Title: THE PRINCESS OF TANGLED DAYS
Genre: Upper MG Fantasy
Word Count: 86,000
My Main Character would use snow to battle their biggest obstacle:
Here in the heat of the c-c-castle kitchen, if anyone looks past my scullery rags to wonder what sort of mind I might possess, their c-c-curiosity is quickly dispelled when I open my mouth to sp-sp-sp-speak. Upon hearing my st-st-stammering words, I’m dismissed as slow-witted, whatever their c-c-content might be.
Oh, but the chill of winter makes everyone sp-sp-speak like I do! And layers of warm clothing hide my rags! So it’s the snow that I cherish, when I can go cr-cr-crunching across the c-courtyards of Castle Stonegruffle and, at least on those wonderful, frost-filled evenings, seem a normal g-g-g-girl.
Scullery maids seldom save princesses—especially not twelve-year-old headstrong ones, and most especially not orphaned ones who speak with a crippling stammer.
When Mattie Tidsbury is sent to a remote tower of Castle Stonegruffle to tend to Princess Athlendora, she unravels the secret that has eluded the kingdom’s best physicians, priests, and astrologers. A secret that forces the daughter of the king to spend her entire life hidden away.
Princess Athlendora has been cursed, you see; cursed to live the days of her life out of order. From her perspective the world is an ever-changing confusion, where people and places—even her own body—are not the same from one morning to the next. It’s little wonder she never learned to speak; little wonder she lies in bed staring blankly on her best days, or flails in terror on her worst.
Mattie discovers the person behind the vacant stares, and finds a way to connect Athlendora’s disparate days. In the course of just a few months—months with more than the average quota of glowing hedgehogs, secret tunnels, murderous cooks and killer crows—these two ill-starred children develop a unique bond that, in a way, spans an entire lifetime. But when the witch who cursed the princess marshals a foul army to invade the kingdom, Mattie's wits and Athlendora's memories are the only hope they have of averting a terrible future.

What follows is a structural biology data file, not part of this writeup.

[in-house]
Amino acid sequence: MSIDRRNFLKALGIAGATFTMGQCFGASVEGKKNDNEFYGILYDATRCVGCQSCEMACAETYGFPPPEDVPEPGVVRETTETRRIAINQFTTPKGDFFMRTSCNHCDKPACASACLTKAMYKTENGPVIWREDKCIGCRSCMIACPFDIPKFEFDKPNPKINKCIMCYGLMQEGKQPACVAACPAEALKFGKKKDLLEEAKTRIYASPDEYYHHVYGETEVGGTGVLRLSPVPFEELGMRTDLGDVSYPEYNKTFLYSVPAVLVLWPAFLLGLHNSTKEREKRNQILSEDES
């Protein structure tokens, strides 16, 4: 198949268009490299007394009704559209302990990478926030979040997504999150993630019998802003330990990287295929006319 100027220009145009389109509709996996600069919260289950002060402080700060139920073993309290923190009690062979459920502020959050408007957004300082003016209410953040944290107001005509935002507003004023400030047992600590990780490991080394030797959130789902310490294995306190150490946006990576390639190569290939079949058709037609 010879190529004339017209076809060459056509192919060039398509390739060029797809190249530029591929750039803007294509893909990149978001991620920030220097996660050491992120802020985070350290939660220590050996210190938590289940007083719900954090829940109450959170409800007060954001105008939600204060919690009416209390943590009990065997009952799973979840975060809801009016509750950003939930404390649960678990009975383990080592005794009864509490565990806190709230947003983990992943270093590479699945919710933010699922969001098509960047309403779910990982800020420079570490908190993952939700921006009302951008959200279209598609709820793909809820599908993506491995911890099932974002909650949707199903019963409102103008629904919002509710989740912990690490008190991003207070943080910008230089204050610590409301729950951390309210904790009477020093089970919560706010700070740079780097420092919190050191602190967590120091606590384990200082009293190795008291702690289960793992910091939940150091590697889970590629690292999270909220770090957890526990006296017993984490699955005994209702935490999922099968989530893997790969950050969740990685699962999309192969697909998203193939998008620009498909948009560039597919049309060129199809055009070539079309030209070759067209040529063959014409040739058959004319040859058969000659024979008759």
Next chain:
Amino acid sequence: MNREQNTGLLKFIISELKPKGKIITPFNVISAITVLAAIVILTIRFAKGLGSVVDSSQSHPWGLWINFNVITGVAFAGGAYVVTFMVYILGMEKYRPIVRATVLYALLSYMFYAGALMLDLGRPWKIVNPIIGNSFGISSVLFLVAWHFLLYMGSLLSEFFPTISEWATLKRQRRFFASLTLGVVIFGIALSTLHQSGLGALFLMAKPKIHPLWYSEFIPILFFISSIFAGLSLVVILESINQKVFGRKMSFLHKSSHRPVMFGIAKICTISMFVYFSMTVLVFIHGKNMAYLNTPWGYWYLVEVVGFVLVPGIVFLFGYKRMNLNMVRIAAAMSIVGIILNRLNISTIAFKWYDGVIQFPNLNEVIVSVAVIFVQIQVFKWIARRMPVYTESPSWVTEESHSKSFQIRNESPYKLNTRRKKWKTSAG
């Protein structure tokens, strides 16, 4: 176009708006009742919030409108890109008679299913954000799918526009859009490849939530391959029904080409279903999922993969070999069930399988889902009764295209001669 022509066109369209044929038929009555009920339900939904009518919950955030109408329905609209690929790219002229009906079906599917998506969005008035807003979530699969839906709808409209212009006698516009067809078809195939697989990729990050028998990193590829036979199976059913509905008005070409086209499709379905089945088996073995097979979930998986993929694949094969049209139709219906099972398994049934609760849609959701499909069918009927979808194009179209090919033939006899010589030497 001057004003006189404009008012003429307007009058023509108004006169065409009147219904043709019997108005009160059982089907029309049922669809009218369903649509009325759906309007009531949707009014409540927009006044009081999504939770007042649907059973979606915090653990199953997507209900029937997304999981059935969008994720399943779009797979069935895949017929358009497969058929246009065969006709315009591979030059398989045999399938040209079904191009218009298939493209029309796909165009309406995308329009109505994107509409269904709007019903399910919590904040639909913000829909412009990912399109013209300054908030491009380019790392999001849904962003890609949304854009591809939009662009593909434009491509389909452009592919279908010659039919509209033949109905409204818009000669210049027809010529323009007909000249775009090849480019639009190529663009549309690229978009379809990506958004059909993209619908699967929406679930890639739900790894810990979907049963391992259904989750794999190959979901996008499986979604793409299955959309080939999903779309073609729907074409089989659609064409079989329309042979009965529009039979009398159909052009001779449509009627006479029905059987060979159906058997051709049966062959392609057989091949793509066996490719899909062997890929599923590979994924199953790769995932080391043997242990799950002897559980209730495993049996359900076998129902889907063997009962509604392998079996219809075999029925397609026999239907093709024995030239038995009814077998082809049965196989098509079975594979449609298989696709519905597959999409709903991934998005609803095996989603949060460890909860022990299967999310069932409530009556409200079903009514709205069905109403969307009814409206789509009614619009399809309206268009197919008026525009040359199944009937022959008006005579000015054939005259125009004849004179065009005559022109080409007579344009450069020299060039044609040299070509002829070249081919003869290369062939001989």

Trouble is, there's a fine line between changing time, and becoming lost in it.
First 250 words:
Even when the master of the kitchen yelled for her to stop, Gurte kept her knees planted on Mattie’s shoulders, joggling the smaller girl’s head back and forth as if trying to remove it from her neck. Only when Master Lark stopped shouting and began to walk toward her did his brawny head maid finally take heed. With a disappointed sigh, she heaved herself off her victim and moved to stand by the drying racks that lined the center of the room.
Mattie was left lying on her back with a now Gurte-free view of the scullery ceiling, where a fly quivering in one of the many webs caught her eye. She remembered her mother had always tolerated spider webs in their cottage. Good luck, she’d called them, but Mattie doubted this particular fly would agree. Alone and luckless, she thought as it struggled. Like me. She eased herself to a sitting position just in time to receive the slap of Lark’s ladle across her back.
The blow bent her sideways, leaving her sprawled on her belly amid the shattered remains of several plates. Most of the other scullery maids watched helplessly from their positions at the various sinks and tables, but Mouse, the youngest, peeked from behind a drying rack. That’s where Mattie had pushed her after the child had tripped and dropped the dishware, just moments before the noise brought Lark and Gurte running in to the scullery.
Where they found Mattie standing, alone and guilty-looking, among the wreckage.